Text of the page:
Microsoft's Office 365 cloud partner program -- including the new Cloud Deployment program -- continues to show signs of progress. Anecdotal evidence suggests that Exchange Online, SharePoint Online and perhaps even Lync Online are gaining critical mass with corporate customers. But just how many VARs and MSPs are getting cozy with Microsoft cloud suite, and what ever happened to Office 365 Open -- which will eventually allow partners to manage end-customer billing?
Let's start with the latest news. Microsoft's new Cloud Deployment program is "designed to empower partners to build a capable cloud deployment practice enabled through training and deployment tools in order to help enterprise customers deploy Office 365." In my mind, that's a long way of saying Cloud Deployment helps partners profit from onboarding Office 365 customers.
Microsoft says more than 61,000 partners are active Cloud Essentials partners and more than 5,500 partners actively sell Microsoft cloud services every month, more than doubling the monthly reach of partners that sold in the last 12 months. Those are good metrics -- especially as new rivals like IBM SmartCloud Docs (part of a larger IBM SaaS suite) come into the market.
To keep its own momentum going, Microsoft at the end of 2012 will start offering partners a dedicated team to help "quickly resolve any technical issues"that potentially arise during an Office 365 deployment, according to a blog post from Josh Waldo, senior director of New Markets and Emerging Channels at Microsoft.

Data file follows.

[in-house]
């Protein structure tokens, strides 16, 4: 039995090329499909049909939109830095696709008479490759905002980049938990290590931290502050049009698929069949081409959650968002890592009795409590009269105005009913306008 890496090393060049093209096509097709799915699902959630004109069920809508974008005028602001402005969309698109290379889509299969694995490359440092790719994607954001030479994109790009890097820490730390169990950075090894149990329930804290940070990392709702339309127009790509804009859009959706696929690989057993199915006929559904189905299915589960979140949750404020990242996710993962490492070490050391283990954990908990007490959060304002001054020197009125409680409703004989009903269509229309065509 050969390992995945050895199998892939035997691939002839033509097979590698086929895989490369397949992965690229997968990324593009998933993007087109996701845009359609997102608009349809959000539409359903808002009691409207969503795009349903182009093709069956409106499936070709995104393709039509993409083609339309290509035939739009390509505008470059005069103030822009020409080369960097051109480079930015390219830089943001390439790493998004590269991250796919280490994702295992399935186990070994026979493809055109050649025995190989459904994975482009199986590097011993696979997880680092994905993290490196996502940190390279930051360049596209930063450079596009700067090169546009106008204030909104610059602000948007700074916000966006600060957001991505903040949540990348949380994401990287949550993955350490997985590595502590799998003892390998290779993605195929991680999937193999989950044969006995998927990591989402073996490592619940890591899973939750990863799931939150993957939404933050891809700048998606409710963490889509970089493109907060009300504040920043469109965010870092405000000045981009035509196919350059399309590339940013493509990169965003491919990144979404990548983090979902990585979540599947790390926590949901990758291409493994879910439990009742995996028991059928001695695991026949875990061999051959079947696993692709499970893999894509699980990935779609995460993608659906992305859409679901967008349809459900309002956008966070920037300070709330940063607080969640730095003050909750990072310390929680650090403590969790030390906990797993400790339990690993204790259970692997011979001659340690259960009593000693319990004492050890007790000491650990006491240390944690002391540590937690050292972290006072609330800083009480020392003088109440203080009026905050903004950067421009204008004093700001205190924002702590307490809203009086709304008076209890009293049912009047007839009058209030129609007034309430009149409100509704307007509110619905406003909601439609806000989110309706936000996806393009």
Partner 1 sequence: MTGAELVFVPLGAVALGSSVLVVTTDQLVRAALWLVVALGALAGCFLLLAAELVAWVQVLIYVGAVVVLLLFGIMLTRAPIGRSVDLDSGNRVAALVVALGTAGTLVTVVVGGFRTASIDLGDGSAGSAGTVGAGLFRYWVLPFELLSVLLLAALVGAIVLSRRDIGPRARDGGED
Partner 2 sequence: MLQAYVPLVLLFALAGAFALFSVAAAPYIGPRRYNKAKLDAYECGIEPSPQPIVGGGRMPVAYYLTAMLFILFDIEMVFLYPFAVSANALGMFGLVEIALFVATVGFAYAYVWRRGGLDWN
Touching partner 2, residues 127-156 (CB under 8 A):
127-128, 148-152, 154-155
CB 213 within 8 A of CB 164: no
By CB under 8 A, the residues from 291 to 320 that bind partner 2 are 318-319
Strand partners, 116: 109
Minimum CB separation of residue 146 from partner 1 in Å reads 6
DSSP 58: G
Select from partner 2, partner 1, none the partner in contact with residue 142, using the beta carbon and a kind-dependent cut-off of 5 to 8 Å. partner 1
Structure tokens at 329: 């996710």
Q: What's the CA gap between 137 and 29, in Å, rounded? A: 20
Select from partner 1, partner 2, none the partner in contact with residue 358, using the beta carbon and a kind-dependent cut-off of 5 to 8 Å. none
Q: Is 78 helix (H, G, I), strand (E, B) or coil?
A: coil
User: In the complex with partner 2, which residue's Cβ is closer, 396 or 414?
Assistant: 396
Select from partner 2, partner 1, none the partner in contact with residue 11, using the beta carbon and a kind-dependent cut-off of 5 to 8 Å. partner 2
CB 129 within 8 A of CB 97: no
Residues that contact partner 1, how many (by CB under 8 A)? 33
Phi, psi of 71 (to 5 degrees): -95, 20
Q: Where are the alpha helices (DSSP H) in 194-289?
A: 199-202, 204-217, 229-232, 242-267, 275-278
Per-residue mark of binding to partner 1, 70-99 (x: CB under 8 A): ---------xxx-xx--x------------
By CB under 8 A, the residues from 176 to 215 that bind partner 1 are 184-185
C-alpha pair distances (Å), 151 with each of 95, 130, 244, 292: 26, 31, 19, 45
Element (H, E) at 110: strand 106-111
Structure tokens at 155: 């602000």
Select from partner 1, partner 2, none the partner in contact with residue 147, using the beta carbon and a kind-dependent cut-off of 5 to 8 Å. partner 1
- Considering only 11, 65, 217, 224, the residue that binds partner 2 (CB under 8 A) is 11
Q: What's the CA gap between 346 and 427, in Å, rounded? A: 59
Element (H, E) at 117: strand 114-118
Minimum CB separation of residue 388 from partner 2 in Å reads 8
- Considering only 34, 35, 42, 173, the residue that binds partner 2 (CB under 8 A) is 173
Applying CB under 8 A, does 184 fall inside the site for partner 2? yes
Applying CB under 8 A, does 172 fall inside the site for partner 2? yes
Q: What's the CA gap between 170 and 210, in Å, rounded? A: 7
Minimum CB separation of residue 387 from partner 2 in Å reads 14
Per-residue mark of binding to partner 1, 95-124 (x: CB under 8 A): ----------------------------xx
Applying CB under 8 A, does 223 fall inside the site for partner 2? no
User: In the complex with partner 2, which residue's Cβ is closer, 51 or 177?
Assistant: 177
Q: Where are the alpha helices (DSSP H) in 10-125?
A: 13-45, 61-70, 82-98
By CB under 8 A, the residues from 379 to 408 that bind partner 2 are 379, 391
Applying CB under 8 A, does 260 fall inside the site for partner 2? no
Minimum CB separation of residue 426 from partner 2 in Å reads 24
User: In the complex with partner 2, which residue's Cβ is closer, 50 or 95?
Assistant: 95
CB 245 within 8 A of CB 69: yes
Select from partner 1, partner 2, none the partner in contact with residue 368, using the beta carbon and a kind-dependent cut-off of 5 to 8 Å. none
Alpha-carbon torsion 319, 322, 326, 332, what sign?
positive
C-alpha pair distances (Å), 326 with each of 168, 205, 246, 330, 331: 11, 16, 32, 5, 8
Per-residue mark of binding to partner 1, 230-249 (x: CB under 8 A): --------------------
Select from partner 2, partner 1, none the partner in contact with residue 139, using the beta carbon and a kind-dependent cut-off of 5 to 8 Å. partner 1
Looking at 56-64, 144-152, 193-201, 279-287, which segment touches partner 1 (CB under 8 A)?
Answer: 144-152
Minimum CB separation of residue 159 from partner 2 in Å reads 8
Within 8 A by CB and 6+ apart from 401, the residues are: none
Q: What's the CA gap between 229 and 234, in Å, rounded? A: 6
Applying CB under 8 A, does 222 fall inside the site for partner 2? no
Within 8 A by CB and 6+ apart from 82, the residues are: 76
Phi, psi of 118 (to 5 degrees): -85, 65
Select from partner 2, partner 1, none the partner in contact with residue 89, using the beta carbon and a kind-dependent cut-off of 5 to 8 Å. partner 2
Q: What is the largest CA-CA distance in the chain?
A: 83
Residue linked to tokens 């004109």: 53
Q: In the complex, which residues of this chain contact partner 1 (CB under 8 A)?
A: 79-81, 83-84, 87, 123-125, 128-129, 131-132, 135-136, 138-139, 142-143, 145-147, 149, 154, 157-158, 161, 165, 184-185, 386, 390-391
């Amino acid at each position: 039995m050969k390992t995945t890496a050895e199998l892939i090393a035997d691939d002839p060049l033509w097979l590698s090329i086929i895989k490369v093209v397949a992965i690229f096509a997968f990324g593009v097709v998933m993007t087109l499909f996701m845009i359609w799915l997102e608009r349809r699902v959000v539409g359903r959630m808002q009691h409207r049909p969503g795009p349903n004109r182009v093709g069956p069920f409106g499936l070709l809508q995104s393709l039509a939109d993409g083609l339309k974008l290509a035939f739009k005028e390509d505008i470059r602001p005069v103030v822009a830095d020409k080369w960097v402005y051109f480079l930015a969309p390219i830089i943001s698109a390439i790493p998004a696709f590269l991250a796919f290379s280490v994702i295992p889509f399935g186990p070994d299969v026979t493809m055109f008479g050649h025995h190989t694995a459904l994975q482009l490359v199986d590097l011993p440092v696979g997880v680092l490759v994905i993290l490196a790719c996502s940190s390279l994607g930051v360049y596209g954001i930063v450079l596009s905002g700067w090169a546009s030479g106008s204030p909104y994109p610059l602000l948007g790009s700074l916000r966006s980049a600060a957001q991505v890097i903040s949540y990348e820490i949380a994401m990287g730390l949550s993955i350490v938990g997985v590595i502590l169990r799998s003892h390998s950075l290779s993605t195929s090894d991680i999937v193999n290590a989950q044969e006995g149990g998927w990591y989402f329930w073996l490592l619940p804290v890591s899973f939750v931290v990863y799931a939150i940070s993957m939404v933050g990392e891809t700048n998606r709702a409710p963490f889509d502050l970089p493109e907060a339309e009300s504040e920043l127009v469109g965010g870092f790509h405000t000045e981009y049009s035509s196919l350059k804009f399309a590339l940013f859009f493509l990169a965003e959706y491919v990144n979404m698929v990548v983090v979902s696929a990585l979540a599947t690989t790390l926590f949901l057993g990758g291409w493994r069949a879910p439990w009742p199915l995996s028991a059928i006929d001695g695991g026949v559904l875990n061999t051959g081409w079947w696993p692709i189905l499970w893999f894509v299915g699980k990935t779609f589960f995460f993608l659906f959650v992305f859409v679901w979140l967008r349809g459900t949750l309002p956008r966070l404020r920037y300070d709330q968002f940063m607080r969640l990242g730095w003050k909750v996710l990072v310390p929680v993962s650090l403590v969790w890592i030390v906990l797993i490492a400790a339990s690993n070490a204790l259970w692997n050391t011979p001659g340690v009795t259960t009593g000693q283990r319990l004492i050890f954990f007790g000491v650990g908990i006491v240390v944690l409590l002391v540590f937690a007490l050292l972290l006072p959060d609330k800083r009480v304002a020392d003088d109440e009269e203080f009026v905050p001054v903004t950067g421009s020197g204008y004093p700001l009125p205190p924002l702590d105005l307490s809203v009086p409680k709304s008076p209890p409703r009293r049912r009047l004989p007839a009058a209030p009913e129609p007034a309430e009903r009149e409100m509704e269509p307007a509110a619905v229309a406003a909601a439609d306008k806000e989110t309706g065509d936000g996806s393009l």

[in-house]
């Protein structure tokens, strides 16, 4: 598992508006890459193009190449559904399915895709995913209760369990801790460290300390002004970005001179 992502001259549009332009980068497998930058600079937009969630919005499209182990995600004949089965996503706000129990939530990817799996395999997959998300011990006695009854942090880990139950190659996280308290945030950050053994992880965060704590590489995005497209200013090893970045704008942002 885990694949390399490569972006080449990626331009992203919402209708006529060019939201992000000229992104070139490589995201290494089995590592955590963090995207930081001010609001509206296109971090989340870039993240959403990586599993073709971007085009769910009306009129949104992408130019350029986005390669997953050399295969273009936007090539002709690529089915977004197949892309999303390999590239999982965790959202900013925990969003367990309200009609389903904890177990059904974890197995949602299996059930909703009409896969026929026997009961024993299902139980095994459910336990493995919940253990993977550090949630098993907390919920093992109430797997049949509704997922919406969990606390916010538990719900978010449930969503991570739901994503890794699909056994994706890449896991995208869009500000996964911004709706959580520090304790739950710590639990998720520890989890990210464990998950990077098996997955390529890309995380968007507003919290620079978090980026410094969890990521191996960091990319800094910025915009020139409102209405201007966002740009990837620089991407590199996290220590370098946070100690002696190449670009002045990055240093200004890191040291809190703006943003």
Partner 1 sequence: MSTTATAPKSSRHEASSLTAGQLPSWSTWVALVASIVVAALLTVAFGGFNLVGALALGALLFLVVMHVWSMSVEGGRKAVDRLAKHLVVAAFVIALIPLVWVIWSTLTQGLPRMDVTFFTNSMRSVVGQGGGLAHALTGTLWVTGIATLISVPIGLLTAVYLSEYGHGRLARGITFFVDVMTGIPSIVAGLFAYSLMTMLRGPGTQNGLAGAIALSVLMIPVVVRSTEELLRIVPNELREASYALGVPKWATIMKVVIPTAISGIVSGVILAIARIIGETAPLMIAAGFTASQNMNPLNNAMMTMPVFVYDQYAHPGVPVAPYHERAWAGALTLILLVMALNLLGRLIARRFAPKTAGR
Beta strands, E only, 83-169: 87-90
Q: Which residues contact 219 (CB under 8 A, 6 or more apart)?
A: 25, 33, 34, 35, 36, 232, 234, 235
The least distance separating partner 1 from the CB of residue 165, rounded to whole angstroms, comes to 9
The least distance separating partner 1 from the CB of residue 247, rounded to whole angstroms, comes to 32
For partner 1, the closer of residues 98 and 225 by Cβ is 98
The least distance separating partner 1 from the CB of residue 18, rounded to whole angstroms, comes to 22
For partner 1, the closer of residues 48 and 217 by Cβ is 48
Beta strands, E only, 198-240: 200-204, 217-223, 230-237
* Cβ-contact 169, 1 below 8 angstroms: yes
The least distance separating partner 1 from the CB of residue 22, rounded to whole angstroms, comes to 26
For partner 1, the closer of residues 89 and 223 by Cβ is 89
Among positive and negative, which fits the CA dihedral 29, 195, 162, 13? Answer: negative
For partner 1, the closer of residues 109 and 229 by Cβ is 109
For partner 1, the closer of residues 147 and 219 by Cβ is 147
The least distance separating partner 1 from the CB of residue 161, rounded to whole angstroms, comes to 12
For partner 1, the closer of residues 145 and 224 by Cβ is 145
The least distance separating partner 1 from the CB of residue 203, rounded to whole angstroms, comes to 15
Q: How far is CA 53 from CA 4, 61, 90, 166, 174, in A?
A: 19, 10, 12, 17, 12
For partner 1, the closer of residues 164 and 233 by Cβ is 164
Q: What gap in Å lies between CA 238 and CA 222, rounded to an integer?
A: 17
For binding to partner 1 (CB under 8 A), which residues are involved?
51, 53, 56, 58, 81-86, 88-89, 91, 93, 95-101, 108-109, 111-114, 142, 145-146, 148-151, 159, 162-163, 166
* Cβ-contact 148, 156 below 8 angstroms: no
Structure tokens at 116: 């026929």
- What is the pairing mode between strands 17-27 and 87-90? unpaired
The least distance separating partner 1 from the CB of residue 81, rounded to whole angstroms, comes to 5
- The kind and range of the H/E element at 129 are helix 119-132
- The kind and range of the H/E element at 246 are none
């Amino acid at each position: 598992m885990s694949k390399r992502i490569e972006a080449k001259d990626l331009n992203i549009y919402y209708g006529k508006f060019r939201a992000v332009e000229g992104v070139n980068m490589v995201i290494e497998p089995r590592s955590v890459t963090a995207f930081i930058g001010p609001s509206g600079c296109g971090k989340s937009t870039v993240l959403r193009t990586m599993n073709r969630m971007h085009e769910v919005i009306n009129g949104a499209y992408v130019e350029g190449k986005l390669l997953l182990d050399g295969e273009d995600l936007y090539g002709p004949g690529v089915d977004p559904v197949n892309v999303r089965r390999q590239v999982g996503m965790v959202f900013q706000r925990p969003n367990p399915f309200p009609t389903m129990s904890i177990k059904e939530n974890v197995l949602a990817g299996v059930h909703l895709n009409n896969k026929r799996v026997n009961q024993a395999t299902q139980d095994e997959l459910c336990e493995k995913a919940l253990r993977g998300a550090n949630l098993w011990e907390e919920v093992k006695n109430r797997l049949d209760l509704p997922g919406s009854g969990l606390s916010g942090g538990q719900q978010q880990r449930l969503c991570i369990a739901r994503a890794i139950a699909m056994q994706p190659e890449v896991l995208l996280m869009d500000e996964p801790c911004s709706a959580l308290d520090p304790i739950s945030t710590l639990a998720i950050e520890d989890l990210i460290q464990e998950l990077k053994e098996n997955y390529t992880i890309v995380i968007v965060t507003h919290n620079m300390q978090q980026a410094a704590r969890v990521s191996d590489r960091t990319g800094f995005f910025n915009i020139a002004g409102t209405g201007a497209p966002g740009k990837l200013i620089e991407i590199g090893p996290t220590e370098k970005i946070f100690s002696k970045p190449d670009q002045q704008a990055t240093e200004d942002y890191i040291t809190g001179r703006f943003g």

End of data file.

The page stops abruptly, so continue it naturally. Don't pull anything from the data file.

Here again, Microsoft is strengthening its bond between Redmond and channel partners. Assuming the support teams deliver the goods, partners should be pleased.
Where's Office 365 Open?
Still, plenty of questions remain. Microsoft really hasn't said much in recent months about Office 365 Open -- a new program that will allow partners to manage end-customer cloud billing. Microsoft announced Office 365 Open in July 2012 during the Worldwide Partner Conference, and shortly thereafter conceded that the new program may not fully debut until July 2013.
Overall, I've been impressed -- very impressed -- with Office 365's progress since Microsoft launched the cloud suite around July 2011. Generally speaking, I think Office 365 has been more scalable and reliable than its predecessor, which was called BPOS (Business Productivity Online Suite). For end-customers, Office 365 demands serious consideration. There could also be a lot of potential "integration" upside for Office 365 customers that use Surface and Windows 8 tablets, as well as Windows Phone 8 devices.
But for channel partners I believe Office 365 remains a work in progress. Many partners are waiting for the full Office 365 Open rollout before passing judgment on the cloud suite. It sounds judgment day will arrive by July 2013. Exactly when? I still don't really know.